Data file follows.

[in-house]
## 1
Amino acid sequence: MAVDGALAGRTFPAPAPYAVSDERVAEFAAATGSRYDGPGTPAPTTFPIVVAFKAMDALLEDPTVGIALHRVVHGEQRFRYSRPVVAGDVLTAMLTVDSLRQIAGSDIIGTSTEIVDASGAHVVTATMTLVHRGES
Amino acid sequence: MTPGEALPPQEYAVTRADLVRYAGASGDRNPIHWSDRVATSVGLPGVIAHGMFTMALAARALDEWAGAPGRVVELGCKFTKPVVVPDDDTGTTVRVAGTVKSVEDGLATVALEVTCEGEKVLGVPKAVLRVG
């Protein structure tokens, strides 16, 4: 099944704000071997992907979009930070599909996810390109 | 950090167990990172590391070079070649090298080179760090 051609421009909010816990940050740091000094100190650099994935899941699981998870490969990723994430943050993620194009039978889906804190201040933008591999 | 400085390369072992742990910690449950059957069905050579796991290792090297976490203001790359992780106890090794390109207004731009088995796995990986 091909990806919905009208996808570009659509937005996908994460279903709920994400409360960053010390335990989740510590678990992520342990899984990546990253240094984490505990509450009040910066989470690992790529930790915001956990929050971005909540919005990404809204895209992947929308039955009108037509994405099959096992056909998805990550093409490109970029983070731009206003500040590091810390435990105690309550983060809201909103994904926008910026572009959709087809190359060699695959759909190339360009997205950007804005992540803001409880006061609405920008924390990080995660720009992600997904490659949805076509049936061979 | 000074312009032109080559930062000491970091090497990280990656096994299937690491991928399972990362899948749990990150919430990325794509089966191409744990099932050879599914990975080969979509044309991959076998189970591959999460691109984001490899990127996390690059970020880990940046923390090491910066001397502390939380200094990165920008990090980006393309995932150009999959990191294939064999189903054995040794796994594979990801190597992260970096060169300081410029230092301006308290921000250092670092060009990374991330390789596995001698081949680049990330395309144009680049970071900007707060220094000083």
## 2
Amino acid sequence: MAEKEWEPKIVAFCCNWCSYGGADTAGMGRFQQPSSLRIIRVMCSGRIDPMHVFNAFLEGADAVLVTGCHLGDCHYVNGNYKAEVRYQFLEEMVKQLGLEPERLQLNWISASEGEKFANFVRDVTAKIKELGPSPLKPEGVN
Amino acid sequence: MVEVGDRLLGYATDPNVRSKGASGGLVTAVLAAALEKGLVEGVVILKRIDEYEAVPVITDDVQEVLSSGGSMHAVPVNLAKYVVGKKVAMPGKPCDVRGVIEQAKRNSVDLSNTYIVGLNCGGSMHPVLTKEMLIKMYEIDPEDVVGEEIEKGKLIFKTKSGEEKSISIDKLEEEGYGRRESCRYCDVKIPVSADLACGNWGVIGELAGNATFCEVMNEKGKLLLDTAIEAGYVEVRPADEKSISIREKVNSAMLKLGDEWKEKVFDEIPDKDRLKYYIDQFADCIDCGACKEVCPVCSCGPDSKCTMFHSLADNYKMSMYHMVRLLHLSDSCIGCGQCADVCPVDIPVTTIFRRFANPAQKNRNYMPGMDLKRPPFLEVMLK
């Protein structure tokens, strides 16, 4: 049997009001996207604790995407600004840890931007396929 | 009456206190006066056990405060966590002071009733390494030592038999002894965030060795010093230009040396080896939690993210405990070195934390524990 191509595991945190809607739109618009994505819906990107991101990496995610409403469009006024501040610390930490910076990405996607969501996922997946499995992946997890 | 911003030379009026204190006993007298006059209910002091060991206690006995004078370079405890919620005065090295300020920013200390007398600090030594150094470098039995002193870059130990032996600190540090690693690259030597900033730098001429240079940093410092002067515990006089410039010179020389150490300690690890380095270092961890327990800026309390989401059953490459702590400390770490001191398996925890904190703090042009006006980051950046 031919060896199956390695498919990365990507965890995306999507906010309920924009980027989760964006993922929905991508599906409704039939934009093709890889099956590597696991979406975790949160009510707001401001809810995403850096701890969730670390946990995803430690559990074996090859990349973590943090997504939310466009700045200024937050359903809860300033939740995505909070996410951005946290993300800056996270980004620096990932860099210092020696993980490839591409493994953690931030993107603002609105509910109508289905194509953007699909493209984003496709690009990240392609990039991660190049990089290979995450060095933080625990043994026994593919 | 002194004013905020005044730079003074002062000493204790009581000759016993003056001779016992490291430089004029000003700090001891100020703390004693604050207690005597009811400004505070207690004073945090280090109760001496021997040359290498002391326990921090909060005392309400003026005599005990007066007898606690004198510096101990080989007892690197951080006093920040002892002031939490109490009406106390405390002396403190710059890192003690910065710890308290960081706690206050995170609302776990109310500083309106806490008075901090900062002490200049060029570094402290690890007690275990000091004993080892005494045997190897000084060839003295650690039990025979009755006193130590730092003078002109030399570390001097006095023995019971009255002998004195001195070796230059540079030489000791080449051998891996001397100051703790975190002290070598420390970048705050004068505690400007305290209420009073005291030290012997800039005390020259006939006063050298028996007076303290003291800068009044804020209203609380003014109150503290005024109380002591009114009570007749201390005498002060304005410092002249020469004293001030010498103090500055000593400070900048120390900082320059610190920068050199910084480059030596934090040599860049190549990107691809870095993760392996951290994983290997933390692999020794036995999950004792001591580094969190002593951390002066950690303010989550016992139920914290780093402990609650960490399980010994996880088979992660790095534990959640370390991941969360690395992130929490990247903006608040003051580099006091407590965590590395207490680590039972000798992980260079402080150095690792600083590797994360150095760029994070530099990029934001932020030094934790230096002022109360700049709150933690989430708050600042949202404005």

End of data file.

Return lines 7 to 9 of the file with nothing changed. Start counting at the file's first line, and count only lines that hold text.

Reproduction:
Amino acid sequence: MAEKEWEPKIVAFCCNWCSYGGADTAGMGRFQQPSSLRIIRVMCSGRIDPMHVFNAFLEGADAVLVTGCHLGDCHYVNGNYKAEVRYQFLEEMVKQLGLEPERLQLNWISASEGEKFANFVRDVTAKIKELGPSPLKPEGVN
Amino acid sequence: MVEVGDRLLGYATDPNVRSKGASGGLVTAVLAAALEKGLVEGVVILKRIDEYEAVPVITDDVQEVLSSGGSMHAVPVNLAKYVVGKKVAMPGKPCDVRGVIEQAKRNSVDLSNTYIVGLNCGGSMHPVLTKEMLIKMYEIDPEDVVGEEIEKGKLIFKTKSGEEKSISIDKLEEEGYGRRESCRYCDVKIPVSADLACGNWGVIGELAGNATFCEVMNEKGKLLLDTAIEAGYVEVRPADEKSISIREKVNSAMLKLGDEWKEKVFDEIPDKDRLKYYIDQFADCIDCGACKEVCPVCSCGPDSKCTMFHSLADNYKMSMYHMVRLLHLSDSCIGCGQCADVCPVDIPVTTIFRRFANPAQKNRNYMPGMDLKRPPFLEVMLK
């Protein structure tokens, strides 16, 4: 049997009001996207604790995407600004840890931007396929 | 009456206190006066056990405060966590002071009733390494030592038999002894965030060795010093230009040396080896939690993210405990070195934390524990 191509595991945190809607739109618009994505819906990107991101990496995610409403469009006024501040610390930490910076990405996607969501996922997946499995992946997890 | 911003030379009026204190006993007298006059209910002091060991206690006995004078370079405890919620005065090295300020920013200390007398600090030594150094470098039995002193870059130990032996600190540090690693690259030597900033730098001429240079940093410092002067515990006089410039010179020389150490300690690890380095270092961890327990800026309390989401059953490459702590400390770490001191398996925890904190703090042009006006980051950046 031919060896199956390695498919990365990507965890995306999507906010309920924009980027989760964006993922929905991508599906409704039939934009093709890889099956590597696991979406975790949160009510707001401001809810995403850096701890969730670390946990995803430690559990074996090859990349973590943090997504939310466009700045200024937050359903809860300033939740995505909070996410951005946290993300800056996270980004620096990932860099210092020696993980490839591409493994953690931030993107603002609105509910109508289905194509953007699909493209984003496709690009990240392609990039991660190049990089290979995450060095933080625990043994026994593919 | 002194004013905020005044730079003074002062000493204790009581000759016993003056001779016992490291430089004029000003700090001891100020703390004693604050207690005597009811400004505070207690004073945090280090109760001496021997040359290498002391326990921090909060005392309400003026005599005990007066007898606690004198510096101990080989007892690197951080006093920040002892002031939490109490009406106390405390002396403190710059890192003690910065710890308290960081706690206050995170609302776990109310500083309106806490008075901090900062002490200049060029570094402290690890007690275990000091004993080892005494045997190897000084060839003295650690039990025979009755006193130590730092003078002109030399570390001097006095023995019971009255002998004195001195070796230059540079030489000791080449051998891996001397100051703790975190002290070598420390970048705050004068505690400007305290209420009073005291030290012997800039005390020259006939006063050298028996007076303290003291800068009044804020209203609380003014109150503290005024109380002591009114009570007749201390005498002060304005410092002249020469004293001030010498103090500055000593400070900048120390900082320059610190920068050199910084480059030596934090040599860049190549990107691809870095993760392996951290994983290997933390692999020794036995999950004792001591580094969190002593951390002066950690303010989550016992139920914290780093402990609650960490399980010994996880088979992660790095534990959640370390991941969360690395992130929490990247903006608040003051580099006091407590965590590395207490680590039972000798992980260079402080150095690792600083590797994360150095760029994070530099990029934001932020030094934790230096002022109360700049709150933690989430708050600042949202404005």